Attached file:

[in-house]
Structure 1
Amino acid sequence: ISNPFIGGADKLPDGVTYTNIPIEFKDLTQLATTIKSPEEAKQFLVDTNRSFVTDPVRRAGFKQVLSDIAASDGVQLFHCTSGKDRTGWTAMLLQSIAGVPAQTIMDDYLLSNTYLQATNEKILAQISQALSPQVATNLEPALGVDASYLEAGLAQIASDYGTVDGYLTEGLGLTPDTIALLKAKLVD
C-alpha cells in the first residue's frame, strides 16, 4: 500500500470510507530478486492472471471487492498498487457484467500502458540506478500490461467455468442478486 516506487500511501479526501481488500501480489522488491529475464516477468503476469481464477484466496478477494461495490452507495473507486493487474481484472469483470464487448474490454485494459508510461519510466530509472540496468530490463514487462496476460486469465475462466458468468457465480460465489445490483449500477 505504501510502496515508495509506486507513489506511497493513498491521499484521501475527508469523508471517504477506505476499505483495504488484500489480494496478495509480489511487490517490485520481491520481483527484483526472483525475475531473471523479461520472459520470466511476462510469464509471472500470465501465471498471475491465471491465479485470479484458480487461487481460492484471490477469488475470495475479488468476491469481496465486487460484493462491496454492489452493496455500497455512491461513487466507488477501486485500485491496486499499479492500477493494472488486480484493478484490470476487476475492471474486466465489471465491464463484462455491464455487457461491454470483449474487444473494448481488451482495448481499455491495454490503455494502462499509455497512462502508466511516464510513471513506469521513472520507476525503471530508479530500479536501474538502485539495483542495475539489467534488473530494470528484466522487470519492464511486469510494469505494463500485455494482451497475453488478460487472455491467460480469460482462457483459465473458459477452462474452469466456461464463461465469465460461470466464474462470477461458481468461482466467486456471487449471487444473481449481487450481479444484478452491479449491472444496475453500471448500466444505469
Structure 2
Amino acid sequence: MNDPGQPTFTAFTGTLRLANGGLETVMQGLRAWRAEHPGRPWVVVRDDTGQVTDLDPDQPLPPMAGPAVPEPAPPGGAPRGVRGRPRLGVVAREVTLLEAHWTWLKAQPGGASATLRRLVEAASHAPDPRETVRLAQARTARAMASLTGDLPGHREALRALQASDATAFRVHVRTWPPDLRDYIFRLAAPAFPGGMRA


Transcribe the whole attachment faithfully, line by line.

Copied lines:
[in-house]
Structure 1
Amino acid sequence: ISNPFIGGADKLPDGVTYTNIPIEFKDLTQLATTIKSPEEAKQFLVDTNRSFVTDPVRRAGFKQVLSDIAASDGVQLFHCTSGKDRTGWTAMLLQSIAGVPAQTIMDDYLLSNTYLQATNEKILAQISQALSPQVATNLEPALGVDASYLEAGLAQIASDYGTVDGYLTEGLGLTPDTIALLKAKLVD
C-alpha cells in the first residue's frame, strides 16, 4: 500500500470510507530478486492472471471487492498498487457484467500502458540506478500490461467455468442478486 516506487500511501479526501481488500501480489522488491529475464516477468503476469481464477484466496478477494461495490452507495473507486493487474481484472469483470464487448474490454485494459508510461519510466530509472540496468530490463514487462496476460486469465475462466458468468457465480460465489445490483449500477 505504501510502496515508495509506486507513489506511497493513498491521499484521501475527508469523508471517504477506505476499505483495504488484500489480494496478495509480489511487490517490485520481491520481483527484483526472483525475475531473471523479461520472459520470466511476462510469464509471472500470465501465471498471475491465471491465479485470479484458480487461487481460492484471490477469488475470495475479488468476491469481496465486487460484493462491496454492489452493496455500497455512491461513487466507488477501486485500485491496486499499479492500477493494472488486480484493478484490470476487476475492471474486466465489471465491464463484462455491464455487457461491454470483449474487444473494448481488451482495448481499455491495454490503455494502462499509455497512462502508466511516464510513471513506469521513472520507476525503471530508479530500479536501474538502485539495483542495475539489467534488473530494470528484466522487470519492464511486469510494469505494463500485455494482451497475453488478460487472455491467460480469460482462457483459465473458459477452462474452469466456461464463461465469465460461470466464474462470477461458481468461482466467486456471487449471487444473481449481487450481479444484478452491479449491472444496475453500471448500466444505469
Structure 2
Amino acid sequence: MNDPGQPTFTAFTGTLRLANGGLETVMQGLRAWRAEHPGRPWVVVRDDTGQVTDLDPDQPLPPMAGPAVPEPAPPGGAPRGVRGRPRLGVVAREVTLLEAHWTWLKAQPGGASATLRRLVEAASHAPDPRETVRLAQARTARAMASLTGDLPGHREALRALQASDATAFRVHVRTWPPDLRDYIFRLAAPAFPGGMRA